When Turboís popularity was waning and rumors were circulating of Street Fighter III, Capcom released a new upgrade to the series. This installment introduced the new CPS2 board, a large step up from the now several years old CPS board of the previous games. Gamers were now greeted with an entirely new introductory sequence in which a large animated Ryu tosses a fireball at the screen. This anime-styled cinema was a welcome change from the bland animation of one guy knocking out another guy in front of a building. Super also featured four entirely new characters; Cammy, Fei Long, T. Hawk, and Dee Jay (Super Street Fighter II 130-131). The story was updated to include these extra fighters, but remained largely unchanged from the tournament held by Shadoloo. Returning characters were given more new special moves and this time additional animations to go with them. Standard attacks were given new animations as well. These were most prevalent in the bosses, who had a very limited set of frames from the earlier games. Backgrounds were updated to match the standards set by the new challengerís stages. Many more colors were possible because of the CPS2 board, and this was reflected in the bright, vibrant graphics. Where previous games had the option of two costumes per character, Super had eight. This game also introduced Capcomís new Q-sound technology. All the voices and sound effects were sampled again and presented in higher quality. Background music was remixed with better synthesizers, giving a much more realistic sound. Super introduced the combo-counter system, which told players when they did a combo, how many hits it made, and awarded points based on damage. Combos became longer, now averaging four hits as opposed to the previous three. Bonuses were given to award getting the first hit in a round and counter-attacking the opponent (Quan 36). Despite all these new features, Super Street Fighter II failed to draw the crowds of previous games. Many were turned off by the slower game play, on par with Champion Edition speed. And almost all players had become jaded after so many upgrades and the slew of Street Fighter clones saturating arcades. The public wanted Street Fighter III.
Super Street Fighter II: Turbo April 1994
Capcom did not release Street Fighter III, instead they threw another upgraded into the flooded market. Claiming that Super was rushed and did not have all the features they wished to include, the company said Super Turbo is what Super should have been (Horowitz 5). The opening sequence featured Chun-Li, Cammy, and the new boss, Akuma, spliced in with Superís Ryu. Game play was sped up from Super, the bonus rounds were removed entirely, and computer controlled players were much more difficult. This was the first Street Fighter game to use "Super Combos" and the "Super Meter". Super Combos were stronger, flashier versions of special moves. They were executed with more complex motions than other special moves and required the use of the Super Meter. The Super Meter was a gauge at the bottom of the screen that filled a little with each attack. When filled, a player could empty the meter with a Super Combo. These moves were added as a kind of last-ditch desperation attack that could turn the tide of a round or seal a victory. Almost every character received some kind of new attack as well, whether a special move or standard punch or kick. The juggle combo, a combo performed while one or both players is off the ground, was introduced in Super Turbo. Another new feature was the overhead hit, an attack used to hit even when the opponent blocks. With the most balanced characters in the series, these game play tweaks opened new levels of strategy and offered the chance for drastically different techniques. Akuma, the ultimate opponent made his first appearance in Super Turbo. Only by completing the game without losing and using a certain number of Super Combos could a player meet their end in the hands of Akuma. He was selectable through a secret code, but the version players used was much weaker. Special ending animations were added for players who used or could defeat Akuma. All other characterís endings were enhanced with an extra graphic that added to their story. Like Super, Super Turbo was met with lukewarm appreciation. Although it was the end of the Street Fighter II series, Street Fighter III was still several years away.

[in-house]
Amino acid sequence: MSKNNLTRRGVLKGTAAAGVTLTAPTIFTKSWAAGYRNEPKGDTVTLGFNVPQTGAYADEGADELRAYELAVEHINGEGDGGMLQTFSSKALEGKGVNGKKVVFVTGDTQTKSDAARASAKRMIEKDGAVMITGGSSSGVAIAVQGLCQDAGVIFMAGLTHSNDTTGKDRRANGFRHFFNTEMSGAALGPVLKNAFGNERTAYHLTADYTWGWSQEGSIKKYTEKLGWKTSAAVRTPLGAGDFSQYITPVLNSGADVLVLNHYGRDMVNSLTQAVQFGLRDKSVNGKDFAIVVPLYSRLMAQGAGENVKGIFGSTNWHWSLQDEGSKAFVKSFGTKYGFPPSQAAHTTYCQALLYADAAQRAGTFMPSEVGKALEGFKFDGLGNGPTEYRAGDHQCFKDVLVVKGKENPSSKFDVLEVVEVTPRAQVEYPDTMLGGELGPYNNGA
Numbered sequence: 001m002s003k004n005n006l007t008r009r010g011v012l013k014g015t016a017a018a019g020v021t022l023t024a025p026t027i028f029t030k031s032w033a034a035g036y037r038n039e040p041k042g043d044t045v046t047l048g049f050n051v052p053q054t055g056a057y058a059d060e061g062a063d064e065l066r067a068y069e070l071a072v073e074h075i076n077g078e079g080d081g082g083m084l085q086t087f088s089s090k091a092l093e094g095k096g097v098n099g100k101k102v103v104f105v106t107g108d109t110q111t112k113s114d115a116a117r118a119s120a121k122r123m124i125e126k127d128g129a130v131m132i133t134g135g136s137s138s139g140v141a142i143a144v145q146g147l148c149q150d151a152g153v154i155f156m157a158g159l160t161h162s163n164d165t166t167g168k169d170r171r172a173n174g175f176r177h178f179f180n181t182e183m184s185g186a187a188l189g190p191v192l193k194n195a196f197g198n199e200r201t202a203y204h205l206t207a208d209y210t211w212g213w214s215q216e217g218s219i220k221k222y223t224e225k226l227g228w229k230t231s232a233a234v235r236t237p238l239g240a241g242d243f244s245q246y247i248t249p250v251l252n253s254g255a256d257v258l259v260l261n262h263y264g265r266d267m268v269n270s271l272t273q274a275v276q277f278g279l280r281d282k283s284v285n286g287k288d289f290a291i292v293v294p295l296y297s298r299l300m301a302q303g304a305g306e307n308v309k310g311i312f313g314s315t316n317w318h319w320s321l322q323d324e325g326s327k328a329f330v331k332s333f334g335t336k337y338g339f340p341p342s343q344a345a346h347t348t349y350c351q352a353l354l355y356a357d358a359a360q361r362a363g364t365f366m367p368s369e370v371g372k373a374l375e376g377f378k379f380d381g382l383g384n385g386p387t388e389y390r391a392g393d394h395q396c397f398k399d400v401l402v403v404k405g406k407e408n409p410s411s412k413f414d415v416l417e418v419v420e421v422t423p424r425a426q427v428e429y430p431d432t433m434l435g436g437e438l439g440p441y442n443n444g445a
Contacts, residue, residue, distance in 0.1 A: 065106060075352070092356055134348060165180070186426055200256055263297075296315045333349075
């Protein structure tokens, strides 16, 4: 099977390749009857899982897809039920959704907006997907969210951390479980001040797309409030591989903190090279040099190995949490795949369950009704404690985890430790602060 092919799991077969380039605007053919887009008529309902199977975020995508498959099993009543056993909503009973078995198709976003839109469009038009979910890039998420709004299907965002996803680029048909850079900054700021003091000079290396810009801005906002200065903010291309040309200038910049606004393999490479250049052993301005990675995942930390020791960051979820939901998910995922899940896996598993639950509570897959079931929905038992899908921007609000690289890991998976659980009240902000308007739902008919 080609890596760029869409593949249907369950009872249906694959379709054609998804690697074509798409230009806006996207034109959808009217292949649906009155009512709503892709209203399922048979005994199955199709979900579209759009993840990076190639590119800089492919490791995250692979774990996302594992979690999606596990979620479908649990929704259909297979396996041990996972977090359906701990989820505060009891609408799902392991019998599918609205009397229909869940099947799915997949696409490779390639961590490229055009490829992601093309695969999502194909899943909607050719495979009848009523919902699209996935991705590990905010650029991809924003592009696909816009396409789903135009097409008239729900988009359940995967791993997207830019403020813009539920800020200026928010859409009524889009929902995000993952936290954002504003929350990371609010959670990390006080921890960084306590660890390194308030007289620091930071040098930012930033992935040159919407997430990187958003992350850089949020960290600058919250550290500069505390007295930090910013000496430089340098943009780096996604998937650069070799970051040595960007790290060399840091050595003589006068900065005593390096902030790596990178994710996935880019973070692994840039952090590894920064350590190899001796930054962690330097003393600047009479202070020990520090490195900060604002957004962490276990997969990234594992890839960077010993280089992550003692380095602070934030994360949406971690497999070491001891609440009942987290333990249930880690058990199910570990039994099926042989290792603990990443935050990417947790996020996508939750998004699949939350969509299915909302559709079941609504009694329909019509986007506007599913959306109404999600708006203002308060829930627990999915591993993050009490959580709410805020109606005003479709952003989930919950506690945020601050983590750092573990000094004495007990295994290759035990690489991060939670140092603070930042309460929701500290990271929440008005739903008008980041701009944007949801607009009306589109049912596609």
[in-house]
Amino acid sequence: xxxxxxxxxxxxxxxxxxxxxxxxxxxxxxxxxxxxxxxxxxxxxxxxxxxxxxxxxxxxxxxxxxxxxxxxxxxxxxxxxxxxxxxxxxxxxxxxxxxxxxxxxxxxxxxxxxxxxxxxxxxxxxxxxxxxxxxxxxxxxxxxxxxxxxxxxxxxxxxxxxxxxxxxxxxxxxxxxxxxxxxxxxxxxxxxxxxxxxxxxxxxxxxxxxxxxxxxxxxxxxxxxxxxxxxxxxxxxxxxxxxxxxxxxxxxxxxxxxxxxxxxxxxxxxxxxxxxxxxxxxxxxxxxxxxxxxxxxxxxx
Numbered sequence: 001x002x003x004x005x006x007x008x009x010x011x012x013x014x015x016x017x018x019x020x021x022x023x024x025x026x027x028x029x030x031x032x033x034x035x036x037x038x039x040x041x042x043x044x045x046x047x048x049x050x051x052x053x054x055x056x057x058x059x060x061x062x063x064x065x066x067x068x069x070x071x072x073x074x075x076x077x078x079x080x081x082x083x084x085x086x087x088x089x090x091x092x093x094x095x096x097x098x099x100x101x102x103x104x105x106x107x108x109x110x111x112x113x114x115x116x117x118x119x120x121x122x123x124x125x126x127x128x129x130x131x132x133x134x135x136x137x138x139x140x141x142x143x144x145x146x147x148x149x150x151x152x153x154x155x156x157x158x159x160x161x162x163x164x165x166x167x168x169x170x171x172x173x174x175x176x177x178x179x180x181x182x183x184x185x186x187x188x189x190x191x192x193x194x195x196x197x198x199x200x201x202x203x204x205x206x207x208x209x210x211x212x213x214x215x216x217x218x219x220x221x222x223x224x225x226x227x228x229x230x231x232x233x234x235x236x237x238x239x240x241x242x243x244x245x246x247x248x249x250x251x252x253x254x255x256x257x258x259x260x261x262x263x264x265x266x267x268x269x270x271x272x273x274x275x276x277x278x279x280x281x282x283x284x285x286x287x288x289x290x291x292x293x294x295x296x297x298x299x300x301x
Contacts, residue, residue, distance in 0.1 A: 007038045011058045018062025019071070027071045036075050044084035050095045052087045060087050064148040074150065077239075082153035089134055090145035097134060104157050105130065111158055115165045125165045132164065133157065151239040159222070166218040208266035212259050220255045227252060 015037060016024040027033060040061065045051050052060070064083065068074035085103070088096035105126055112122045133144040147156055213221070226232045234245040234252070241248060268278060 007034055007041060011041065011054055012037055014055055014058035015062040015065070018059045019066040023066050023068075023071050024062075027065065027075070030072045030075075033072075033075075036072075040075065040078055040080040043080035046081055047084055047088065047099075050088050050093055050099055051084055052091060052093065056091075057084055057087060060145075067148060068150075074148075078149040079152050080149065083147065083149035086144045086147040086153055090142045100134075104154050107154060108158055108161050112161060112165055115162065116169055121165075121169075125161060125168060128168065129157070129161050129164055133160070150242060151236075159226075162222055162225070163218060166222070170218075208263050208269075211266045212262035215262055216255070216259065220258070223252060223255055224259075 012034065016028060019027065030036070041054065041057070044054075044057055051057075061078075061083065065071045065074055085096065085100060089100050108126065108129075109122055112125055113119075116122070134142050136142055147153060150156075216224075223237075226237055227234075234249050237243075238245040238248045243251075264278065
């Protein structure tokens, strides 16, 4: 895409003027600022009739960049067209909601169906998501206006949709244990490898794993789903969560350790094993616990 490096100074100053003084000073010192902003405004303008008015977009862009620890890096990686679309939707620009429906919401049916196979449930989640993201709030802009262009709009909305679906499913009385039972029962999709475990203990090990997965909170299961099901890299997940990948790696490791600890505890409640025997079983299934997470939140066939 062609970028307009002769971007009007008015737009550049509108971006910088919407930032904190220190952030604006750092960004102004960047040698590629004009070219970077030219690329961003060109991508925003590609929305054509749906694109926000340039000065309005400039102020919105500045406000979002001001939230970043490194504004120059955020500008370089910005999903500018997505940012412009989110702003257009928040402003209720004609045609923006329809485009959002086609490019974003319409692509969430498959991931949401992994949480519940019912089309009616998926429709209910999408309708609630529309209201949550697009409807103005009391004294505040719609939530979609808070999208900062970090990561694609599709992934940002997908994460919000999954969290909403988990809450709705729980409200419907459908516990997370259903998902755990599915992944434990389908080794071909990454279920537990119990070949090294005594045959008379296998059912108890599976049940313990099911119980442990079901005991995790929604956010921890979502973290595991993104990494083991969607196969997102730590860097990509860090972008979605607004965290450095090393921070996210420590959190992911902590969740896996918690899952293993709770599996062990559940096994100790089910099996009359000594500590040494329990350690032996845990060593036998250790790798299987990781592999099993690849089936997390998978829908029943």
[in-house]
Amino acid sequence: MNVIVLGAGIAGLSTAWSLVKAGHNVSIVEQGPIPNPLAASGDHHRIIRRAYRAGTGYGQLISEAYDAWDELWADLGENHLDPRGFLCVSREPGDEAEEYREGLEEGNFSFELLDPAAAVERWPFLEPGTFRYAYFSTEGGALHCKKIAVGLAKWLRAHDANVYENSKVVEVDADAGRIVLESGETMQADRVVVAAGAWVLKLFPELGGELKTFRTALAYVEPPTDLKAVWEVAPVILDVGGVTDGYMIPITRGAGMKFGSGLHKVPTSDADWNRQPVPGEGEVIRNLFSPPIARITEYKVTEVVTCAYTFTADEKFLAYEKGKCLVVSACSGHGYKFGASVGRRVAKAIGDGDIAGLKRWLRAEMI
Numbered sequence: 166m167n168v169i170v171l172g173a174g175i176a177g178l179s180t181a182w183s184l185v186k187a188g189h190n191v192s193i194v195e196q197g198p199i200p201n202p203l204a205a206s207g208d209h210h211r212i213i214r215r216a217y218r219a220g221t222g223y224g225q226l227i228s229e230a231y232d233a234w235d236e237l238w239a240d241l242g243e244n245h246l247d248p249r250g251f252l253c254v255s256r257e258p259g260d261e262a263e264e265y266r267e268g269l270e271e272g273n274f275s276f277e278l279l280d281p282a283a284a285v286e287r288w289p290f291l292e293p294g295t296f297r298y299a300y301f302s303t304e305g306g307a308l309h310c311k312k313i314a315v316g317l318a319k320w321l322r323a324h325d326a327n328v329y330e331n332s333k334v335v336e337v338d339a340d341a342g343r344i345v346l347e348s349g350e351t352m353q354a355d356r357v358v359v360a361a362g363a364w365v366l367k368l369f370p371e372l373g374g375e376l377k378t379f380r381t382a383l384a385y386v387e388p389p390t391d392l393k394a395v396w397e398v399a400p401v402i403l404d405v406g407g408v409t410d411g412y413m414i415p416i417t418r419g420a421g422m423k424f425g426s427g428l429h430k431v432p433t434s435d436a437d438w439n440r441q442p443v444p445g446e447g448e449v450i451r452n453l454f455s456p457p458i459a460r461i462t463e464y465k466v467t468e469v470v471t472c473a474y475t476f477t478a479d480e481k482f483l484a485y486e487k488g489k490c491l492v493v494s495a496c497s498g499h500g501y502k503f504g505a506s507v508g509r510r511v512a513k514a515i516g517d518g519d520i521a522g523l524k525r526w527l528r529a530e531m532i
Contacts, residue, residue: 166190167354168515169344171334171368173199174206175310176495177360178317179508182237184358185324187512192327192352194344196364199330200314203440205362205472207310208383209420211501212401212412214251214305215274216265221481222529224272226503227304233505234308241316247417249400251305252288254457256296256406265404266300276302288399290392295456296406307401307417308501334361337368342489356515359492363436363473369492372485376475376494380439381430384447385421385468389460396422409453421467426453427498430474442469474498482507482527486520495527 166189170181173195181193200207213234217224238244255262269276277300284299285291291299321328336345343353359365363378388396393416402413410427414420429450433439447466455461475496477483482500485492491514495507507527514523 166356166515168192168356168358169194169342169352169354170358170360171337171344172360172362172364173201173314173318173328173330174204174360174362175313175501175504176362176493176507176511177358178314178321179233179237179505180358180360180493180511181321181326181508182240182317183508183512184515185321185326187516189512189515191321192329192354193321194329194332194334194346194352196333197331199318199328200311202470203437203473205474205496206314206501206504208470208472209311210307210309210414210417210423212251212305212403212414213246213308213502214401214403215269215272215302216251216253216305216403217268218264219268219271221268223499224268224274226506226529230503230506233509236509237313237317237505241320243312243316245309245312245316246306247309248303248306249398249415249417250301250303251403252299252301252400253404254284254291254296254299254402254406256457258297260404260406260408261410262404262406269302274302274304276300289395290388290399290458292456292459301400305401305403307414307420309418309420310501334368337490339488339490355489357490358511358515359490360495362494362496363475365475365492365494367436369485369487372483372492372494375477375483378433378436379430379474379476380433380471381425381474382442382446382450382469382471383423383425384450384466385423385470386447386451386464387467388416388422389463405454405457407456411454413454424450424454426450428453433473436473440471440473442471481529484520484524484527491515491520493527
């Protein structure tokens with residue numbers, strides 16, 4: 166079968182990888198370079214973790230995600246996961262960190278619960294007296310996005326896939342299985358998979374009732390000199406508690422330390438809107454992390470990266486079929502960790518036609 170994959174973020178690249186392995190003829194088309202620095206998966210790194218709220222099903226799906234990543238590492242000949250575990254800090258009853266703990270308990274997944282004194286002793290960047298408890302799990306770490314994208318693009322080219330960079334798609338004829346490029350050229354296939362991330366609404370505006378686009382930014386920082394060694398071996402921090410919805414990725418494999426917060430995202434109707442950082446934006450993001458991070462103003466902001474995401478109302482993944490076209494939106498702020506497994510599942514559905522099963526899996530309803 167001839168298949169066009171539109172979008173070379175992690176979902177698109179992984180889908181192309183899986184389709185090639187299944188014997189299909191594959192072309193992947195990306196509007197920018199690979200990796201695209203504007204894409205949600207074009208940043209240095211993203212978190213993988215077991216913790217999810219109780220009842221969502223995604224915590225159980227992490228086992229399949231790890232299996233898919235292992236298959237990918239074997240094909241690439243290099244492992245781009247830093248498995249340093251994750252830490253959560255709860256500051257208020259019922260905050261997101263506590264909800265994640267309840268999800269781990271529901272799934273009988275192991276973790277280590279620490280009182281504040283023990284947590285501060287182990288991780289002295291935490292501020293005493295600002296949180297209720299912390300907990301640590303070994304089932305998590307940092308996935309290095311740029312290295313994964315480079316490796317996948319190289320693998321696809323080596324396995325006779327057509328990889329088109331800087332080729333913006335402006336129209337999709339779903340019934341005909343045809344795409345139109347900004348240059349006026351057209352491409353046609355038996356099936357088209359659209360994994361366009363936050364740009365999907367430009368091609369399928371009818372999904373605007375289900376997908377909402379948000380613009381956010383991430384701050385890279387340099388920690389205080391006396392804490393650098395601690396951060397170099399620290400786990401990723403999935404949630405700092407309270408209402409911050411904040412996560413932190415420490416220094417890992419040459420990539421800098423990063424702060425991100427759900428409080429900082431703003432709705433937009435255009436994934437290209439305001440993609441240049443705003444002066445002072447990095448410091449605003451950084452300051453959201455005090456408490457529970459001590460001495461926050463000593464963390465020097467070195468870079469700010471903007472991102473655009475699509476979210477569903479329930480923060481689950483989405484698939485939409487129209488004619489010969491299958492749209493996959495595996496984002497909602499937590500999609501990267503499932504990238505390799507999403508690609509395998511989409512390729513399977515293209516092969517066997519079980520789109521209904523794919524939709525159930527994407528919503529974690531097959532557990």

The Characters and Their Stories